- Alternatives to Pricey Presents: If you have a large family, start by thinking outside the box. Consider a gift exchange by drawing names from a hat, which can allow you to put more thought than money into selecting a single gift. You can also buy a single gift for an entire family—perhaps an entertainment basket filled with DVDs and microwave popcorn. Oftentimes, thoughtful and more creative gifts can come from shopping with local businesses. Locally grown fruits and vegetables, honey, or an item from a local artist are just a few suggestions of local products. If you are feeling crafty, then you could make and give holiday arrangements such as centerpieces and decorations. Another idea for the holidays is to donate to a charity in someone’s name instead of gift giving. You can even take the idea of giving to charity to your office. Pool money you would have spent on gifts with your participating colleagues, draw a colleague’s name, and donate the money to a charity of his or her choice. Another gift idea for close friends and/or family is the “gift of time.” Create a coupon book or certificate that gives a loved one the gift of your time (a specific chore, a trip to the park, babysitting, slumber party for the kids).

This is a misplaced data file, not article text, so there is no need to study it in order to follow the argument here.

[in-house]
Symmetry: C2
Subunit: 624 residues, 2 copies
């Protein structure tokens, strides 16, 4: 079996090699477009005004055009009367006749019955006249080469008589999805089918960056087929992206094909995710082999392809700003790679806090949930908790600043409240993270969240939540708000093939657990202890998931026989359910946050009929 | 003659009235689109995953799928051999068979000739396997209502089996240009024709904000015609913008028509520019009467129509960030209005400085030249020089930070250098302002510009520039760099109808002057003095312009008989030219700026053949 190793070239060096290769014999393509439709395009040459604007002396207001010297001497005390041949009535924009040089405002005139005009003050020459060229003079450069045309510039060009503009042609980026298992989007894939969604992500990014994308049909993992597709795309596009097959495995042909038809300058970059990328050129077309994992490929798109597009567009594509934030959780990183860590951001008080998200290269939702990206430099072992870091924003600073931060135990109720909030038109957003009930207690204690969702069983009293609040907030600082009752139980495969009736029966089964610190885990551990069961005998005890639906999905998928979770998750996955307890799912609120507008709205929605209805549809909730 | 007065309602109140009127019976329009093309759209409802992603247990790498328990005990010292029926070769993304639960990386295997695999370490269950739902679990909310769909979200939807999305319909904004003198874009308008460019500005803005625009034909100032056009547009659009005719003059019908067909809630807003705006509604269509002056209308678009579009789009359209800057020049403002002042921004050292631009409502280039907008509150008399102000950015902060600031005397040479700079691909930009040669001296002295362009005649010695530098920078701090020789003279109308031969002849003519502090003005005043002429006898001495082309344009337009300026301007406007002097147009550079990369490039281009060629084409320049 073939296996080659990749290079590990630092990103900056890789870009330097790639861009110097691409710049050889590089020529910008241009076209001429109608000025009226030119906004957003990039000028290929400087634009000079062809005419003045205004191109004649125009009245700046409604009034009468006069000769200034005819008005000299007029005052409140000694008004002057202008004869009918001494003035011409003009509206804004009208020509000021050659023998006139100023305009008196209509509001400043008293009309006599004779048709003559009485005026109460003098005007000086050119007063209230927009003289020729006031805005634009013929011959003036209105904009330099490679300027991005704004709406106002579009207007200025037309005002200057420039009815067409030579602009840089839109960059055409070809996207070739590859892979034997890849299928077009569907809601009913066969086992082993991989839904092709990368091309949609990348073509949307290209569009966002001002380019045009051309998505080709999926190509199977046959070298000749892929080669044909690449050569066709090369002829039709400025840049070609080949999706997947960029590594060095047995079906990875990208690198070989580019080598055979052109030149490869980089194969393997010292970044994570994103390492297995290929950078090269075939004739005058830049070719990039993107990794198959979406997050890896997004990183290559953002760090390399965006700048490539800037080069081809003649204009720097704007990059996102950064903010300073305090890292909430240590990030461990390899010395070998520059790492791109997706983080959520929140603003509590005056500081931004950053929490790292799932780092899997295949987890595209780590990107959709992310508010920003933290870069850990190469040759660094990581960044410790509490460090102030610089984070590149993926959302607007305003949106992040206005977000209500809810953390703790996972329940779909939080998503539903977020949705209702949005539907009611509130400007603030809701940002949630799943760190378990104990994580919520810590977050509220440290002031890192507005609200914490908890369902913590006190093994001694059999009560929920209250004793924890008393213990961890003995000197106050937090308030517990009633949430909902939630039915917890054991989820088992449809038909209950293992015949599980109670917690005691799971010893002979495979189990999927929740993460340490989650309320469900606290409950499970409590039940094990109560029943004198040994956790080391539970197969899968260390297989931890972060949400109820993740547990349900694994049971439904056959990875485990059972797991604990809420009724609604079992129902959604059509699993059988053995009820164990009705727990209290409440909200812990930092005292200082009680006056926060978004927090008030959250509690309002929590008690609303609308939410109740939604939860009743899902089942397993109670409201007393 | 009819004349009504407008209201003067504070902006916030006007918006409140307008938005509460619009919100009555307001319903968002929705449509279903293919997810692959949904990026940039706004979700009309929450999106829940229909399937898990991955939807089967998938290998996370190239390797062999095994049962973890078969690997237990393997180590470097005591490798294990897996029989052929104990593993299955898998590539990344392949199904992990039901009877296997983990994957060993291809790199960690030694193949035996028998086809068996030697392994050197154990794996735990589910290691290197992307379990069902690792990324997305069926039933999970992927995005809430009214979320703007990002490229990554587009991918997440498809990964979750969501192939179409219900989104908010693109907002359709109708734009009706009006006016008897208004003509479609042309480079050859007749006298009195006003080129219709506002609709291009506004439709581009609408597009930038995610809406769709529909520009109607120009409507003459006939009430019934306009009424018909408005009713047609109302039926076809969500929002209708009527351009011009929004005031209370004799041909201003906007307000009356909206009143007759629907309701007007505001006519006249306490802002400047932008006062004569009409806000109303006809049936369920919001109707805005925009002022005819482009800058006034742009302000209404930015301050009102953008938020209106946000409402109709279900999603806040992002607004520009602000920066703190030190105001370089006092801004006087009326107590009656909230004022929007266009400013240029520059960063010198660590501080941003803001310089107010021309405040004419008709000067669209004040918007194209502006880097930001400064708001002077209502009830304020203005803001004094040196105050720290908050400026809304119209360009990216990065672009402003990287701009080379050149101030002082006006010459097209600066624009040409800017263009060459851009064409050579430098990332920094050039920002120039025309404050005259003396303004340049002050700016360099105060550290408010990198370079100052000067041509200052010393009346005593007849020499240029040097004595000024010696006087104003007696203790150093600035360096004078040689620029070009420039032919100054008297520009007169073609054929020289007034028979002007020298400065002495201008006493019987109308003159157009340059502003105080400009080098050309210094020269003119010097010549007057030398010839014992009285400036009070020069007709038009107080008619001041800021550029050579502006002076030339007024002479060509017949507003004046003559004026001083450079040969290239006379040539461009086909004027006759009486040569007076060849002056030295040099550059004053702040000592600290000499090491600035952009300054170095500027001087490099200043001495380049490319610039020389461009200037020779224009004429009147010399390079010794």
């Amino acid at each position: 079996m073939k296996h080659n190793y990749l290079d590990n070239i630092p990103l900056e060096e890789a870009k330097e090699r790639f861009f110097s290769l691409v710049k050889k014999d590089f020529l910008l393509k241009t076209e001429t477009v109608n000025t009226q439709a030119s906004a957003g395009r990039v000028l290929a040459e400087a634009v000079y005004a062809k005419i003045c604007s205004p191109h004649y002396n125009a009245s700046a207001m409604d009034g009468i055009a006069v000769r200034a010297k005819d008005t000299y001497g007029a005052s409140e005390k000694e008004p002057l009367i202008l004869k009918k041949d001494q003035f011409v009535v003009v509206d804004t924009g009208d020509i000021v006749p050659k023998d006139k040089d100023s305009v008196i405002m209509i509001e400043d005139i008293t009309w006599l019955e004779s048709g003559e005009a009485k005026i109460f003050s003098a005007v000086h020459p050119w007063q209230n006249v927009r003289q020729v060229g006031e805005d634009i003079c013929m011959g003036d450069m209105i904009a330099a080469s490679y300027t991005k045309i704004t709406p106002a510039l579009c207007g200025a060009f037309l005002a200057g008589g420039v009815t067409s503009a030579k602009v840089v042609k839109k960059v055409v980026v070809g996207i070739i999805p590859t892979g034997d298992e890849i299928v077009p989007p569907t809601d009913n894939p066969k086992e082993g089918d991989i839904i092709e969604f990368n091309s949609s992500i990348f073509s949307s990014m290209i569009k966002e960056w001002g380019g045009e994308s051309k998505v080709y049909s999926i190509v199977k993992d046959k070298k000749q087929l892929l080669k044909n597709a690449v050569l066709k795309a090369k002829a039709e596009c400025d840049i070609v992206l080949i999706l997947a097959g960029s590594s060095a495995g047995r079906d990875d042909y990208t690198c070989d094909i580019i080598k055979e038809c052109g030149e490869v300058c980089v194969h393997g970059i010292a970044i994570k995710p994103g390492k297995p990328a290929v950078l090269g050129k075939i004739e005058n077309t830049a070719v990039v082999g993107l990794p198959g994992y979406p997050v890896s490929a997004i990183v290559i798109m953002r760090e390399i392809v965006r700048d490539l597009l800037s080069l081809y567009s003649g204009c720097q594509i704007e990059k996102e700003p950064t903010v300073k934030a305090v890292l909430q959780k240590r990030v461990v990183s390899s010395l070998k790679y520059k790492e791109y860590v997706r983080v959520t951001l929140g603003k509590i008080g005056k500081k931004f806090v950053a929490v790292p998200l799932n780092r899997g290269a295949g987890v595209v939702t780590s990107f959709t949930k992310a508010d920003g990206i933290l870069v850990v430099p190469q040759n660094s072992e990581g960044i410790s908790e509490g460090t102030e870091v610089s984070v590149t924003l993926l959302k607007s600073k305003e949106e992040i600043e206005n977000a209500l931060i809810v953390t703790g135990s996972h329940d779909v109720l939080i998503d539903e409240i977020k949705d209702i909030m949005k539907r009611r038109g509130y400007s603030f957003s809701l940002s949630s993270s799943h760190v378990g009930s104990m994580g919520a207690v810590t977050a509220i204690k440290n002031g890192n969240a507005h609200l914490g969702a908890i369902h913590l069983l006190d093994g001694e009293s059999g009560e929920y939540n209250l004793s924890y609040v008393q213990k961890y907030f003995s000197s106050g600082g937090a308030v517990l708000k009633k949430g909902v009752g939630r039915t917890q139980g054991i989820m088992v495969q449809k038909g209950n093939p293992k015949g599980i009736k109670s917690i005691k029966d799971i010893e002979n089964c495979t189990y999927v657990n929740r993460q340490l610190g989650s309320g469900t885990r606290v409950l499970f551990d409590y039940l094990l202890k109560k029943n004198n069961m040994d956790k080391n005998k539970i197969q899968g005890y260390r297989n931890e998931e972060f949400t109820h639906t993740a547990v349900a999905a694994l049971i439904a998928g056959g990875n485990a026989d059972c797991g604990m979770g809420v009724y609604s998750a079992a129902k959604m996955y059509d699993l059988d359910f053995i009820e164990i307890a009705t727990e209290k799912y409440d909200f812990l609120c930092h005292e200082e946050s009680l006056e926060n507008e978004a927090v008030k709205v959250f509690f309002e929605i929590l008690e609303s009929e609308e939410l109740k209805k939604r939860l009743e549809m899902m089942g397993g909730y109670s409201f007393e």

- Fine-Tuning Your Financials: Use cash and/or debit cards when at all possible. Money coming directly out of your pocket will likely make you think harder about your purchase. If you are going to use a credit card, make sure you have a plan in place to pay it off when the bill is due. You also need to understand the allure of paying with credit. When you’re not paying with “real” money, your buying can easily get out of control, and the shopping process may not seem as painful in that moment. It may be appropriate to tell your older children how much they each have in the budget for holiday spending. When the family is on the same page, it can alleviate some stress. Refocus your family’s thoughts from the material goods to the real meaning of giving and receiving. Knowing your specific situation, making informed decisions, and communicating with loved ones can reduce the effects of holiday stressors.
Let’s take a look at some affordable and DIY Christmas gifts that will be truly appreciated by the recipient.
For the gardener in your life:
- One – 3 1/2″ x 7″ canning jar with top
- Small stones (enough to fill 1 inch in jar) You can buy pretty river rocks at your local garden shop or just collect some stones outside.